After the disastrous summer heat wave which killed 595 people in British Columbia in June 2021, along comes the worst natural weather disaster in Canada’s history so far : torrential rains and flooding which began on November 15 in southern British Columbia, centred on Abbotsford and the agricultural Fraser River Valley, including First Nations lands. One person so far has been pronounced dead; mudslides, rockslides and water have destroyed roads, bridges and rail lines; motorists have been stranded, and supply chains from the port of Vancouver to the rest of Canada are disrupted. Thousands of people and animals have been evacuated and rescued from homes under water. The culprit? As reported by the National Observer, “Lethal mix of cascading climate impacts hammers B.C.” (Nov. 17). But human fingerprints are all over this climate catastrophe, as explained in “‘A tipping point’: how poor forestry fuels floods and fires in western Canada” (The Guardian, Nov. 16). The Guardian article cites a February 2021 report, Intact Forests: Safe Communities, in which author Peter Wood warned of the potential catastrophe around the corner unless the province’s forest management practices were changed.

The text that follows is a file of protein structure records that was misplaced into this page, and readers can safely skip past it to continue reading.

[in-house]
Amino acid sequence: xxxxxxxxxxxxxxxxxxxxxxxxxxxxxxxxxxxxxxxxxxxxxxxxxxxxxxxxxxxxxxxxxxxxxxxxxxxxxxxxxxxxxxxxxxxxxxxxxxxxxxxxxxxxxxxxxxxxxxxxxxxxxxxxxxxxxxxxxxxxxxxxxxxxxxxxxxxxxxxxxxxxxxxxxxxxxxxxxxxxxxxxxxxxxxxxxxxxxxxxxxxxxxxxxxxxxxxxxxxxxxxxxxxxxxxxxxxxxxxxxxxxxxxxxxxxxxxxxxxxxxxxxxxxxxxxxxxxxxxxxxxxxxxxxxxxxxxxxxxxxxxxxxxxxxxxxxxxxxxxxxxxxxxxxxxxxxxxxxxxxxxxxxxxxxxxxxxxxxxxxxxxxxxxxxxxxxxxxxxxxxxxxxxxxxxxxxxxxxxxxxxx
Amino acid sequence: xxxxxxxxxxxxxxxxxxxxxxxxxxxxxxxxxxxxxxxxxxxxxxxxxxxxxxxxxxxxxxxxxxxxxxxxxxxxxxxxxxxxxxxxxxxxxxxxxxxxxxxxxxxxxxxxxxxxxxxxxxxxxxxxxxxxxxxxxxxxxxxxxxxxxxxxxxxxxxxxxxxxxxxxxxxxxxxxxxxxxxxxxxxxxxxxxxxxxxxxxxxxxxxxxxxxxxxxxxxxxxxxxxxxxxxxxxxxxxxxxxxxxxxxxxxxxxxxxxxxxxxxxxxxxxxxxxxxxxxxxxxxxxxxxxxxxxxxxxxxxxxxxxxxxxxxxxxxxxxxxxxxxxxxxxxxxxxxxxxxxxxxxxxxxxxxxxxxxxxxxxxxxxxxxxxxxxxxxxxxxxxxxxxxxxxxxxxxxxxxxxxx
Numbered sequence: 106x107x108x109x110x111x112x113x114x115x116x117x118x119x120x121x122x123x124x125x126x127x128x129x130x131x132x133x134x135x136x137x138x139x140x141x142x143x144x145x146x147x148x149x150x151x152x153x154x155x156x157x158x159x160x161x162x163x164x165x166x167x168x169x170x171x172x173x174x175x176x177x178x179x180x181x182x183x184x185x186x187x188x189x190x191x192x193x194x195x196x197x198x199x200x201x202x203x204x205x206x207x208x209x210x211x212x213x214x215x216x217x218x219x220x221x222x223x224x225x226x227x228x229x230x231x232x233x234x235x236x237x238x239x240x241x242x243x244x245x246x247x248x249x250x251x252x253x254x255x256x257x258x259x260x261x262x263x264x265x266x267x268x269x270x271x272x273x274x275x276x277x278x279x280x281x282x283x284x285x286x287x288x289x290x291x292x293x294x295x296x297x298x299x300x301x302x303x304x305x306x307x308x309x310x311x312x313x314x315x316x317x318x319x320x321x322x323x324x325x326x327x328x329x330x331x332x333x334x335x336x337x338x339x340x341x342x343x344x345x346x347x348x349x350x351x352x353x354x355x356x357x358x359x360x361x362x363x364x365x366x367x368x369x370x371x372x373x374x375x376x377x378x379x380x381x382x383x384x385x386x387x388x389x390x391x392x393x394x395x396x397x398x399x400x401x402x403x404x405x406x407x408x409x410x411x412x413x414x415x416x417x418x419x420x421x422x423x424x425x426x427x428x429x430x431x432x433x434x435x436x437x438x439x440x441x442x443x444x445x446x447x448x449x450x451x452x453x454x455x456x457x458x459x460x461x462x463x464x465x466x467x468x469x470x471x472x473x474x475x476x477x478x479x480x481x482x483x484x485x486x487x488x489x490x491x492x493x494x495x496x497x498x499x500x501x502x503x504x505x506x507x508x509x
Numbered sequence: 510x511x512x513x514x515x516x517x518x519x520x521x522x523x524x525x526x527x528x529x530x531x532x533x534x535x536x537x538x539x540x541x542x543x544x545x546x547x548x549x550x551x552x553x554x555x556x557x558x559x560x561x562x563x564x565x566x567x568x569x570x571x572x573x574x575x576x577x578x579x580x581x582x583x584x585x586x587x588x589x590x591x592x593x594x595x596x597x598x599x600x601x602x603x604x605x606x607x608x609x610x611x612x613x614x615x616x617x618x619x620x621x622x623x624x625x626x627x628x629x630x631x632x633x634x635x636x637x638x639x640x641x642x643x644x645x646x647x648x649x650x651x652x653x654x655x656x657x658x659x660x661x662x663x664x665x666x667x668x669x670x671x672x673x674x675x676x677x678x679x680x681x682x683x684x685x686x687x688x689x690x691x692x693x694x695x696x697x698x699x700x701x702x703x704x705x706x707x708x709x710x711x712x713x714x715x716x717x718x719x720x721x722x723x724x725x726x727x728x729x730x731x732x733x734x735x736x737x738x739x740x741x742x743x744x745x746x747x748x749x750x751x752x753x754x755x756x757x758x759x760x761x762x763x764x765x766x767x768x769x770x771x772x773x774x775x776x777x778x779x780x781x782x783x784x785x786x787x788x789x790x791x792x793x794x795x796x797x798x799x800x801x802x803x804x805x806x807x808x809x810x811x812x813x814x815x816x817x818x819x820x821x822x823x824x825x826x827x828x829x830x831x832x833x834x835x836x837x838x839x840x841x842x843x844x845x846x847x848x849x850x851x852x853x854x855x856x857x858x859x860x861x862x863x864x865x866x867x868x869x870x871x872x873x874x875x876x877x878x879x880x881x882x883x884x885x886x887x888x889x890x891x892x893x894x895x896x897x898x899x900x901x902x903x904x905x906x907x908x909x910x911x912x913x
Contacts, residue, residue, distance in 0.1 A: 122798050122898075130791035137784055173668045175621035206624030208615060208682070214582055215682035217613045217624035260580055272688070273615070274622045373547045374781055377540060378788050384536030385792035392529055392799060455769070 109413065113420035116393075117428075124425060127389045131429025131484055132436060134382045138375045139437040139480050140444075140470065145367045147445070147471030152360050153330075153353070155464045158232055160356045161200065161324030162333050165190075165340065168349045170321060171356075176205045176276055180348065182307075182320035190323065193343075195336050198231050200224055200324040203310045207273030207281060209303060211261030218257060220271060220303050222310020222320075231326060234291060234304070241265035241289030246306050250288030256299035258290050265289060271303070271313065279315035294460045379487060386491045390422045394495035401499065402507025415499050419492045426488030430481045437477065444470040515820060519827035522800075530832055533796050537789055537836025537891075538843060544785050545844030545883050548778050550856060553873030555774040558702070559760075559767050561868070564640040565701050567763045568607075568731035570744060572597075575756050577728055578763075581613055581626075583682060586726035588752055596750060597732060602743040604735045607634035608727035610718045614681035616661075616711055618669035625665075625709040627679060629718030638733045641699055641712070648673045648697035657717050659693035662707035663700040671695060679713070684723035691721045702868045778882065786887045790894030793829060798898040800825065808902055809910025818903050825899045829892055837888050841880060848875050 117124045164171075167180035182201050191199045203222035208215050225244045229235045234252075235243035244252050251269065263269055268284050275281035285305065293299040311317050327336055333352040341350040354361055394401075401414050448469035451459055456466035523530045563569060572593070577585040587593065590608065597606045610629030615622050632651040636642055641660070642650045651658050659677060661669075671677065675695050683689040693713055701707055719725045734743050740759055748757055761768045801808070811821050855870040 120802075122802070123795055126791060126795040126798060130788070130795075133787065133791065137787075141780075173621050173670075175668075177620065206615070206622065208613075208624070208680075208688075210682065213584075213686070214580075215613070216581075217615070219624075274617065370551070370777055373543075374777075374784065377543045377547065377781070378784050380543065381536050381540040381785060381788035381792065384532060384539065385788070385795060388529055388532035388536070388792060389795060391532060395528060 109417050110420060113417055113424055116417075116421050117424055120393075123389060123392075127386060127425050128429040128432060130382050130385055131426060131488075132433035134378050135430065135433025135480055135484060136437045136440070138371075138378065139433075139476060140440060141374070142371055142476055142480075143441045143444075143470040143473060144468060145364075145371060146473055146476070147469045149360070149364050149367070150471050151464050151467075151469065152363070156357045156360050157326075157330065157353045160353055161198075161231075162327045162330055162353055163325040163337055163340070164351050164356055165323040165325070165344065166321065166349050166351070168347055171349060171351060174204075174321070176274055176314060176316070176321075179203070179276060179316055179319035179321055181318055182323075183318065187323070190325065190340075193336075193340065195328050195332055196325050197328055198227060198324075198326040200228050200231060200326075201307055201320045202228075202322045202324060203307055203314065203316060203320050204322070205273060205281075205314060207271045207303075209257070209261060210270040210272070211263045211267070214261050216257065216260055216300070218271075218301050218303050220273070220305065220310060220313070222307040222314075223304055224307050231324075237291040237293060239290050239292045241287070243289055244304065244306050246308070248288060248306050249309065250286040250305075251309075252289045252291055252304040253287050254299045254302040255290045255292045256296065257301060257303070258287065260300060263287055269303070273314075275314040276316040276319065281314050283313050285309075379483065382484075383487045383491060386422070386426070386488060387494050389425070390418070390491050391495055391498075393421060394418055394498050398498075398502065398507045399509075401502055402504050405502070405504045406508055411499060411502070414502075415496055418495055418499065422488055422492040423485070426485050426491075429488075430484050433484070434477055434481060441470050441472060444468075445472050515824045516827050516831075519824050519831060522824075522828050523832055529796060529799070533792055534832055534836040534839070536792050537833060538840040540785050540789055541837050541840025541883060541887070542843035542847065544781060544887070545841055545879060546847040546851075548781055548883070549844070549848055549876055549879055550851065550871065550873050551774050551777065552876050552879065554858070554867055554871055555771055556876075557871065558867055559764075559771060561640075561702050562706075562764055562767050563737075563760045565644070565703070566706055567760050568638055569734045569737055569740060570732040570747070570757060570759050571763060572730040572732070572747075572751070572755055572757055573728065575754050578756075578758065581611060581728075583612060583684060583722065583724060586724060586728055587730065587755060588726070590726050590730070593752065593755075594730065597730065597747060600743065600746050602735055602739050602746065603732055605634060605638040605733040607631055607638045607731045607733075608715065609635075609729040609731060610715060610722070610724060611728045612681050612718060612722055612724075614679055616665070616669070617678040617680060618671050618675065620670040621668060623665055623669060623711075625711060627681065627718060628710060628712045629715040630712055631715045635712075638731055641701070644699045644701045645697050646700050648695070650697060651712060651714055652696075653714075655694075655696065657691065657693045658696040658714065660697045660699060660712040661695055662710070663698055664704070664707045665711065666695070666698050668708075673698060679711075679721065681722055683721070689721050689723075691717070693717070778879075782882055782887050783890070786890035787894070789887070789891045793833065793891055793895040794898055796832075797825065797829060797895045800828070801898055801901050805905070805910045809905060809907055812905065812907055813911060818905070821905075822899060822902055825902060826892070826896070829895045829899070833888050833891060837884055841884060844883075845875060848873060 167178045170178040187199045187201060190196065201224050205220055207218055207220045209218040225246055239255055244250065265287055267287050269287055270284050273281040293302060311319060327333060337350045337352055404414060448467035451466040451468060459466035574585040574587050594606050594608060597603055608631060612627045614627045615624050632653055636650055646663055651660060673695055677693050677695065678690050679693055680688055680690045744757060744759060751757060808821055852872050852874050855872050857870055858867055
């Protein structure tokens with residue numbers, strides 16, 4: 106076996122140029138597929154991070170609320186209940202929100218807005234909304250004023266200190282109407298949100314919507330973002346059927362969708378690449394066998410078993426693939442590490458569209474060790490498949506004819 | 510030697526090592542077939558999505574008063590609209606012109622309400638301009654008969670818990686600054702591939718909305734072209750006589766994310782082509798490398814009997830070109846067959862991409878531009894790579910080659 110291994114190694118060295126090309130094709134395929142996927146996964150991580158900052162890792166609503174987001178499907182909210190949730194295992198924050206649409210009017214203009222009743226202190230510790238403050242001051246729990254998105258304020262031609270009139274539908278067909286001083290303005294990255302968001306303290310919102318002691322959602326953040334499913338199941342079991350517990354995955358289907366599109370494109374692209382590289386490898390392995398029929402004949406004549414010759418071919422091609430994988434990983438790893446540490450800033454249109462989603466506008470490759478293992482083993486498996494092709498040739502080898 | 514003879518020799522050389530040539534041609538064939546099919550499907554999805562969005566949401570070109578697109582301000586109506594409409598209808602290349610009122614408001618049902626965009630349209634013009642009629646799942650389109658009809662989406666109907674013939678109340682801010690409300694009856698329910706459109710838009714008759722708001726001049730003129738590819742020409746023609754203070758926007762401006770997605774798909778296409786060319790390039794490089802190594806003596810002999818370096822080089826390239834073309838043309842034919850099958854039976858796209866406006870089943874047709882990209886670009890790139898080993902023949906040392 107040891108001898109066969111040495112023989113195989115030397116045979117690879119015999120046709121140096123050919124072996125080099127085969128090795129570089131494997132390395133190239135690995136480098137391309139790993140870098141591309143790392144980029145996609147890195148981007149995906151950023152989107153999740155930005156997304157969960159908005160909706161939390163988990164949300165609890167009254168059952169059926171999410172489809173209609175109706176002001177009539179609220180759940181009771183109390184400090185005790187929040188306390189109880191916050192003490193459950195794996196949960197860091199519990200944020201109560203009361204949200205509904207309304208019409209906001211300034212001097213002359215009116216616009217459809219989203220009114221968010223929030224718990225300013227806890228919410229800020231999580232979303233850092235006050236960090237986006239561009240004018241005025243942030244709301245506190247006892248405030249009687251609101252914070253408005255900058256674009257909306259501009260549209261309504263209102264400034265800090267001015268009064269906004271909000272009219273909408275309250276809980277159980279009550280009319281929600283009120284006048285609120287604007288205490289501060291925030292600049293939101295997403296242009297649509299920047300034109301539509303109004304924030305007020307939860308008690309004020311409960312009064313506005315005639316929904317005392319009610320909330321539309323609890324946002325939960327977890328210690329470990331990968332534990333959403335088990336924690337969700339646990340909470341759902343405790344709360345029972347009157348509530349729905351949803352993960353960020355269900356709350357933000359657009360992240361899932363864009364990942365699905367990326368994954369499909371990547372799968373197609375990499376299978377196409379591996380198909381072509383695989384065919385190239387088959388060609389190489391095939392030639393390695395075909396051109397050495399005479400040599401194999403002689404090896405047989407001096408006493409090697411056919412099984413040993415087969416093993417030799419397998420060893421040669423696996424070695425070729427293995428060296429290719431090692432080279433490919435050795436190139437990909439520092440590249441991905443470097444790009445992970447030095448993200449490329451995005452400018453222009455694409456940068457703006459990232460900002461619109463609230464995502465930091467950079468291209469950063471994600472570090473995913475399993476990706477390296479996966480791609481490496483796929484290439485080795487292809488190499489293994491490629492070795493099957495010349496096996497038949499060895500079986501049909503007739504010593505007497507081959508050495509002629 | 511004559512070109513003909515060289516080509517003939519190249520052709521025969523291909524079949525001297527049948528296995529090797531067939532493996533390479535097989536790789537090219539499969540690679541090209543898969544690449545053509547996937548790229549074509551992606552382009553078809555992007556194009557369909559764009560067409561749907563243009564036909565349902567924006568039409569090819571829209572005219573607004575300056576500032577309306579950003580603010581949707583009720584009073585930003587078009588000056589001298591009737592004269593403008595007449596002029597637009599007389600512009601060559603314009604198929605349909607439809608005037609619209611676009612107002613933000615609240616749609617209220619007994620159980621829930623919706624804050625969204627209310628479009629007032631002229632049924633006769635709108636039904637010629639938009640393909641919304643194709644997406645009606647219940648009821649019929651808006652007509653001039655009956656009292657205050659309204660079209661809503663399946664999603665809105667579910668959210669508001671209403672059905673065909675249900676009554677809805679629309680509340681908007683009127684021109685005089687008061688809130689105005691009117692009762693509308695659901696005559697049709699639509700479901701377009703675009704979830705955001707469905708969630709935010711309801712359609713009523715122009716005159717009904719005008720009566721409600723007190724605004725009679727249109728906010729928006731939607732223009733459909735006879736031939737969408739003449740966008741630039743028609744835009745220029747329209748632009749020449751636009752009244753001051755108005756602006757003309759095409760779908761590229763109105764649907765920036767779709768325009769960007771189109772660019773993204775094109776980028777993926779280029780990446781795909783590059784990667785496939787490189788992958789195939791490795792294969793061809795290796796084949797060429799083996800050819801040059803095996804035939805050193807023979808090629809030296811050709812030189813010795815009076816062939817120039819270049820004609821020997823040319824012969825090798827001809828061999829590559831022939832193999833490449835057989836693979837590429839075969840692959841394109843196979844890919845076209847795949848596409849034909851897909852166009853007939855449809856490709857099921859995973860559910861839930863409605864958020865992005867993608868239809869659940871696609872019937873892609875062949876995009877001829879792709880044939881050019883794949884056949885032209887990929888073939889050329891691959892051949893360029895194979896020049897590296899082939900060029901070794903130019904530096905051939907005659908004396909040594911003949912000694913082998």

Responding to over a year of intense pressure, the government of B.C. DID announce new plans in November, to defer logging on 2.6 million hectares of at-risk old growth forests for two years or so, pending the approval of First Nations – a compromise policy which satisfied no one. “BC Paused a Lot of Old-Growth Logging. Now What?” (The Tyee, Nov. 8 ) explains background to the decision and the opposition from the United Steelworkers, whose members work in the forestry sector . The USW press release accuses the government of selling out the workers. “Protecting some old growth isn’t enough. B.C. needs a Forest Revolution” and “Counting the Job Costs of halting old growth logging” expand on the economic arguments for the clearcutting of B.C.’s forests. (The Tyee, Nov. 10). B.C. now needs new research, to count the dollars required to re-build lives and infrastructure after this disaster.